High Water

Wet Planet Whitewater
~4000 cfs, 8 miles, Class III-IV

Go Pro: meet Andy. Andy: meet Go Pro.

It has been a water year. Rain, rain and more rain. Snow in the mountains. And all this water has to return to the ocean sometime, somehow, some way.

Hello, White Salmon.


Swift Creek Ski Trail TO Chocolate Falls
Mount Saint Helens National Monument
~4.5 miles, ~1000 feet elevation gain

I have been suffering from numerous hike fails lately. Lingering, low snow levels combined with poor planning and research on my part have led to many a thwarted hike attempt. As such, I was getting itchy: restless for movement, for solitude and especially for the feel of the high country, that indefinable, elusive quality of the high alpine where I settle into a true calm, a sense of expansiveness, the character and nature of the world beyond comprehension, fathomless and absolutely breathtaking in its power and beauty.

In a need to conquer my itch-to-get-outside, I had ambitiously been planning for Andy and me to backpack the Loowit Trail, a thirty-four mile circumnavigation around the base of Mount Saint Helens, over the July fourth holiday weekend. We procured climbing permits for the fifth, the ideal trip being to explore the base of our lovely local lady prior to making a summit push (weather permitting) at the end of the loop.

All the SNOTEL readings and Forest Service warnings of snow, snow, snow! could not convince me that this trip wasn’t possible. Clearly I have no faith in the government’s ability to accurately forecast actual conditions in the mountains. And yet, I kept smacking my head against the proverbial Hike FAIL Wall. So, due to all those thwarted hike attempts and in an attempt to see what we were up against with conditions, reconnaissance it was.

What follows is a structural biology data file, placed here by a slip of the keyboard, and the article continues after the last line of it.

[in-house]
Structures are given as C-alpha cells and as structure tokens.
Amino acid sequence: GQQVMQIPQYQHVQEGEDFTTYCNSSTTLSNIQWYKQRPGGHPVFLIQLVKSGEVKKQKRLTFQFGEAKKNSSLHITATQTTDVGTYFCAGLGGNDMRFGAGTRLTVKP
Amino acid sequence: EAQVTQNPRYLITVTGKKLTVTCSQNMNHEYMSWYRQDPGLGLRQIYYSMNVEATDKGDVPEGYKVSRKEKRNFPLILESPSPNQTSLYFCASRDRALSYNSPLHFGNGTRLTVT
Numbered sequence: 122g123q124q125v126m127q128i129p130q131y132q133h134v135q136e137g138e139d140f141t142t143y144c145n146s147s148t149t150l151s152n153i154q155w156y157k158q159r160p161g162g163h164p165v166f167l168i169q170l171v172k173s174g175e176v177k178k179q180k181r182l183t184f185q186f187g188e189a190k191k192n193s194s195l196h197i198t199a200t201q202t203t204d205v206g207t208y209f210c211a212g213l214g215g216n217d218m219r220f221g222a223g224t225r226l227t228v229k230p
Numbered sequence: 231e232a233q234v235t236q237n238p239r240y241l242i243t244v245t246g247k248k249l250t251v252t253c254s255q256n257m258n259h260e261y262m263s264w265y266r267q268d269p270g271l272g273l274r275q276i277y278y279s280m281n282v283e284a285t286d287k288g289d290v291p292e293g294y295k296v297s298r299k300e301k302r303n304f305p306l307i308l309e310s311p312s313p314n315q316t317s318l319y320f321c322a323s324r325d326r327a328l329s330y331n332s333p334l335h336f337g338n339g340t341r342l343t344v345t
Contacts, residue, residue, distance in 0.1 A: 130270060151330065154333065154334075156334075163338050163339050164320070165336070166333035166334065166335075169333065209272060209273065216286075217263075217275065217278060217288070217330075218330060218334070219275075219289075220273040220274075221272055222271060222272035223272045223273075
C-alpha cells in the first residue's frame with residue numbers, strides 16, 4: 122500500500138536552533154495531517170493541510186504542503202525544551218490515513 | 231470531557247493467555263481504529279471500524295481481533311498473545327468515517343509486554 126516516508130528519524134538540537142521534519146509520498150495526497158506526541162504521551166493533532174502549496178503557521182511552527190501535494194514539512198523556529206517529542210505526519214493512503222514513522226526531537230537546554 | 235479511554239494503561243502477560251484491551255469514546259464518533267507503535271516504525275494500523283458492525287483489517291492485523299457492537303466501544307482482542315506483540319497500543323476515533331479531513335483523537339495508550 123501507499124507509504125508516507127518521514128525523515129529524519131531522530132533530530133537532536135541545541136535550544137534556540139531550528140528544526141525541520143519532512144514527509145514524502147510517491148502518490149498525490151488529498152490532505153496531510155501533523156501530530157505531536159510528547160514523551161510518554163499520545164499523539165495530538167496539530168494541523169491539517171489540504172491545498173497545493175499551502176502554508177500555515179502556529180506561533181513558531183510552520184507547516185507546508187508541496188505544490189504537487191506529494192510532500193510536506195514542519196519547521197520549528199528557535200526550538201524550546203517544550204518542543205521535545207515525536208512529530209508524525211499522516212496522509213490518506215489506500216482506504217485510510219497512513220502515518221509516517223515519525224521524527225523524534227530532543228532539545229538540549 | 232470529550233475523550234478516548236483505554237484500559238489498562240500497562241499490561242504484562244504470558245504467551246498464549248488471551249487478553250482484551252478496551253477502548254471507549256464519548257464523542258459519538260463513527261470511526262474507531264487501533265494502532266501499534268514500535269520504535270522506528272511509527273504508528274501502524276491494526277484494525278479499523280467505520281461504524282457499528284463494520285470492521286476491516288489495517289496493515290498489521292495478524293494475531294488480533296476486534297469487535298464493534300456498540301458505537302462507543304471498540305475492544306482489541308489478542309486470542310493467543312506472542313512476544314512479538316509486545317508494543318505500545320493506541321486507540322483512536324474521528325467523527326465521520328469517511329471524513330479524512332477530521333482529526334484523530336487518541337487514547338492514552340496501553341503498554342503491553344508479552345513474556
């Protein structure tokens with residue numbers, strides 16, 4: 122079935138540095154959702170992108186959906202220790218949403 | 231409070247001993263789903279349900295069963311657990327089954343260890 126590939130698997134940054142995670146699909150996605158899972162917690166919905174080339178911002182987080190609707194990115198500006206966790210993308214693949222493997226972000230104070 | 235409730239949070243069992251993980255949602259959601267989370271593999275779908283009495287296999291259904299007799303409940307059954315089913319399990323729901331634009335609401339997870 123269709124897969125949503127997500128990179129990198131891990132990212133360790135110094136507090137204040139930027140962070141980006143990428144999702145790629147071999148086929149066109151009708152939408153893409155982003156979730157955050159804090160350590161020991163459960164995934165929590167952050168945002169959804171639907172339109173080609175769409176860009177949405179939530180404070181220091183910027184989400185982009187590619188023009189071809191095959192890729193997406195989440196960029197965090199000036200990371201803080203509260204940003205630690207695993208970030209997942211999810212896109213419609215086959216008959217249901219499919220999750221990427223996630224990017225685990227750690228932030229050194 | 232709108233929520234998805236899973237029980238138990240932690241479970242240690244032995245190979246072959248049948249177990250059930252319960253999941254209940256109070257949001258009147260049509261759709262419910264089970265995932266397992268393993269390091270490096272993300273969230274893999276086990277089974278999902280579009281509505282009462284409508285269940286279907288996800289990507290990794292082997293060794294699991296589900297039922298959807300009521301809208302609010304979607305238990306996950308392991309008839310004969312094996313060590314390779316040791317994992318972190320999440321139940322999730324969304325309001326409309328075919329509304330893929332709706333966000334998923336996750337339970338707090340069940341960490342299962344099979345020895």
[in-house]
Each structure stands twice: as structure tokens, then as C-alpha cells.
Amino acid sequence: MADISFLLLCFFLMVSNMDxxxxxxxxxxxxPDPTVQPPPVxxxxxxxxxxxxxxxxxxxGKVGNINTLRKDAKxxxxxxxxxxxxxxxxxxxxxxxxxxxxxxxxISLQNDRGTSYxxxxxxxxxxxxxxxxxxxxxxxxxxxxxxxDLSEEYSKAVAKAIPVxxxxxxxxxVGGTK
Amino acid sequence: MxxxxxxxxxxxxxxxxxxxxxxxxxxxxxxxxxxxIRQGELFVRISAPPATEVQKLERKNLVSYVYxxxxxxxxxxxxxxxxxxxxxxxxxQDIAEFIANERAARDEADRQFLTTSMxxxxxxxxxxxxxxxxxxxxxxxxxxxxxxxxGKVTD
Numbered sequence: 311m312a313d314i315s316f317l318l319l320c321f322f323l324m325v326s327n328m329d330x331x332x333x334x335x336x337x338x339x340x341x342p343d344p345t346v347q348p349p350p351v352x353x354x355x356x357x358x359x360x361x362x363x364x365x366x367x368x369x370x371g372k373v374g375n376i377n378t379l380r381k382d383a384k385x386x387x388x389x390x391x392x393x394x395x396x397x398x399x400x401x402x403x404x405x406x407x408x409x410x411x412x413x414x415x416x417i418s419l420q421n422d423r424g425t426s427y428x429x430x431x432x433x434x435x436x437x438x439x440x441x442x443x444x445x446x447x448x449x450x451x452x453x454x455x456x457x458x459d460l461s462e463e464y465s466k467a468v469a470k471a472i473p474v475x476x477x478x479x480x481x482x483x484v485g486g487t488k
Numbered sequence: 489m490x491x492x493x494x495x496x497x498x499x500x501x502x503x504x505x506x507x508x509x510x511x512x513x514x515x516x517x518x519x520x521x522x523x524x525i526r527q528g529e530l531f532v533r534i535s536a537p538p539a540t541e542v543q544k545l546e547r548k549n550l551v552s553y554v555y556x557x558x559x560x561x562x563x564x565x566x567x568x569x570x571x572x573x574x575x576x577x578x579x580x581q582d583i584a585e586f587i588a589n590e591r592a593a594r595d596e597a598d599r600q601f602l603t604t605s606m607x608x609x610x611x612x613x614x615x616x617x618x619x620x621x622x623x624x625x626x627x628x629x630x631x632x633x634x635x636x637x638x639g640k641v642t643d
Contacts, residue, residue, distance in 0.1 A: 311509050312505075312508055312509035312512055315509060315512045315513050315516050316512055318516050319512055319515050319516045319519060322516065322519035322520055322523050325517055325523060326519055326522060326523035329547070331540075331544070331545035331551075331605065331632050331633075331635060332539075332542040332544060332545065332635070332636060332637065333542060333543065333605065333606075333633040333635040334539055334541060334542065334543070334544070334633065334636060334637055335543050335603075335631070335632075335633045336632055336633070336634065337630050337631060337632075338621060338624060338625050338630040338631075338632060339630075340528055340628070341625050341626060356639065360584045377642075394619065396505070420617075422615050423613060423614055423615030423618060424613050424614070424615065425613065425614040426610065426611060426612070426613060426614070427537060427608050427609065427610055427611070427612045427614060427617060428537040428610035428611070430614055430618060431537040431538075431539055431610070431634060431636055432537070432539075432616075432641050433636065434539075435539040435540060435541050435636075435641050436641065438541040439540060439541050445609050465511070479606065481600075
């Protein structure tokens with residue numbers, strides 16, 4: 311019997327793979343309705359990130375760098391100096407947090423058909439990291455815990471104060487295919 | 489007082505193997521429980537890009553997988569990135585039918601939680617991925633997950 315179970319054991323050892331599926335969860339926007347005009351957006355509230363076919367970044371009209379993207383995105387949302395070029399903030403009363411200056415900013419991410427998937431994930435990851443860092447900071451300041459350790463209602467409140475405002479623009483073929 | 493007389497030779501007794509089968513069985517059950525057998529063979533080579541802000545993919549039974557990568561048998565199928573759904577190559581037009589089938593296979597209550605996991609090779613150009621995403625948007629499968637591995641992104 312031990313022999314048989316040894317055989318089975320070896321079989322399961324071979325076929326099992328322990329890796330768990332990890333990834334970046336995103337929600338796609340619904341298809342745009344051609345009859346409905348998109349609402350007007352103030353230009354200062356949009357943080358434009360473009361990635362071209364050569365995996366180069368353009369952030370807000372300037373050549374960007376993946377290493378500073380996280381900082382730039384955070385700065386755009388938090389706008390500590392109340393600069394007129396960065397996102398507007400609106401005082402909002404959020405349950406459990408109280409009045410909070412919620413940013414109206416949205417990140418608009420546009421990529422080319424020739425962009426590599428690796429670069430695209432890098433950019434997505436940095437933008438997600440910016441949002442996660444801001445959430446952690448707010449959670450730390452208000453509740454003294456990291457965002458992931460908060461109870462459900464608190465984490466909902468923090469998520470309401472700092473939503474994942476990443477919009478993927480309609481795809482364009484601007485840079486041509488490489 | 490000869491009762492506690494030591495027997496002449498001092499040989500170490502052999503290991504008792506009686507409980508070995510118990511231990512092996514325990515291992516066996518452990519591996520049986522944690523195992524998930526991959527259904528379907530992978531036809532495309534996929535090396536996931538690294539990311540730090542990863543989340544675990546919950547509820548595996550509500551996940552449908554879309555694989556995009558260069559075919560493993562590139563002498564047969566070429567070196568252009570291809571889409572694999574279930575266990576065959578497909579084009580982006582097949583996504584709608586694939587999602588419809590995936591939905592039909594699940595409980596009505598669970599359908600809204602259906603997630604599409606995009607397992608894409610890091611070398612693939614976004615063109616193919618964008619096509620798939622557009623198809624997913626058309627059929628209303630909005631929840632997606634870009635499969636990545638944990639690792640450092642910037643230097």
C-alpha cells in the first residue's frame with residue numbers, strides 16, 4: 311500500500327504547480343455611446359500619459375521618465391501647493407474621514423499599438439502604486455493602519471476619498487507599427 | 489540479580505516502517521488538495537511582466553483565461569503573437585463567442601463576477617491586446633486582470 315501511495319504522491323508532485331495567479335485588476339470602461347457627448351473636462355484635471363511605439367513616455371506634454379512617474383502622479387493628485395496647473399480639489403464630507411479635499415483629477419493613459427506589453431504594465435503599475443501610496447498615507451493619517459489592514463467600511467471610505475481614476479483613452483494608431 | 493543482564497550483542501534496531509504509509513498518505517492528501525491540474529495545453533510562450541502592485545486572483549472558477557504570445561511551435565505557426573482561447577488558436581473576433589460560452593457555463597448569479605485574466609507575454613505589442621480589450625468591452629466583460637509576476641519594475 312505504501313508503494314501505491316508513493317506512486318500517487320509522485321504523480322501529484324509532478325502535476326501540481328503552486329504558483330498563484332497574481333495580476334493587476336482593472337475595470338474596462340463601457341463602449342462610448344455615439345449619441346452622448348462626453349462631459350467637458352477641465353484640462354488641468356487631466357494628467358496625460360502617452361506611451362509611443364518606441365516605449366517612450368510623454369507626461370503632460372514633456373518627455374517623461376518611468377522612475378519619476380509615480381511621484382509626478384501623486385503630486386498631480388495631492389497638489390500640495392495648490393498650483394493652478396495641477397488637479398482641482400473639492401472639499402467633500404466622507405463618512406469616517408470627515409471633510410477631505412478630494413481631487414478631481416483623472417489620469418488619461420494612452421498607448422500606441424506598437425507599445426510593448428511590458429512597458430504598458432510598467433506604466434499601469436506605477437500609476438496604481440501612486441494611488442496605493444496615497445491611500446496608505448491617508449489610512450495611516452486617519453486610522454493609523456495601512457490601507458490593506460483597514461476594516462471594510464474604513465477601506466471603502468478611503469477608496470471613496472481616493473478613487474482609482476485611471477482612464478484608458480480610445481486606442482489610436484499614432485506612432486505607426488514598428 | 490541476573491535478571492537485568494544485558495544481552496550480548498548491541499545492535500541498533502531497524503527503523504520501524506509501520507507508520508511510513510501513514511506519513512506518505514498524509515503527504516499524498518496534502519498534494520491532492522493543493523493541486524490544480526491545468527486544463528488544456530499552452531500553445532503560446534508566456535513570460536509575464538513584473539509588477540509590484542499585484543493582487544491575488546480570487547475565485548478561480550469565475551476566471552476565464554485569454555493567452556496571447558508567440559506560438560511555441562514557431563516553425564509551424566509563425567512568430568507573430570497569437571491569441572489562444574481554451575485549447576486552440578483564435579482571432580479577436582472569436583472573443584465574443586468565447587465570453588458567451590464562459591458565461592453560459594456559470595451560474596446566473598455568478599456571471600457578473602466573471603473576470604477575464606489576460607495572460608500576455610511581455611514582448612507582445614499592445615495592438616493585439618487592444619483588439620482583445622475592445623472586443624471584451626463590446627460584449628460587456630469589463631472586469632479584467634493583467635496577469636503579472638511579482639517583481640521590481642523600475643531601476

We weren’t planning a long day so after a relaxed morning we arrived at the Marble Mountain Sno-Park around 12:30pm. Several people were camping around the parking lot and a conglomeration of returning climbers, a blazing sun, warm temperatures and absolutely no snow to speak of greeted us. Still, the gate just beyond Marble Mountain remains closed with rumor of high snow drifts still on the road. Climber’s Bivouac, the summer climb jumping off point for the Monitor Ridge Trail up Helen’s south side, also remains closed, and, according to a nice ranger I met, is still under about seven feet of dense white stuff. Huh.

Starting up the Swift Creek Ski Trail, bare ground quickly disappeared. I was humbled by how soon we hit patches of snow, which rapidly progressed into several consolidated feet of continuous snow. My hopes for the Loowit Trail this weekend were getting squashed. I actually rather enjoy hiking in snow, and I especially love the high alpine during this brief melt-off period, but backpacking and breaking trail in 34 miles of slush just isn't appealing. The Loowit Trail has a reputation for some rough sections anyway- aggravating the situation with difficult route-finding is just being a glutton for punishment. Damn.

still lots and lots of snow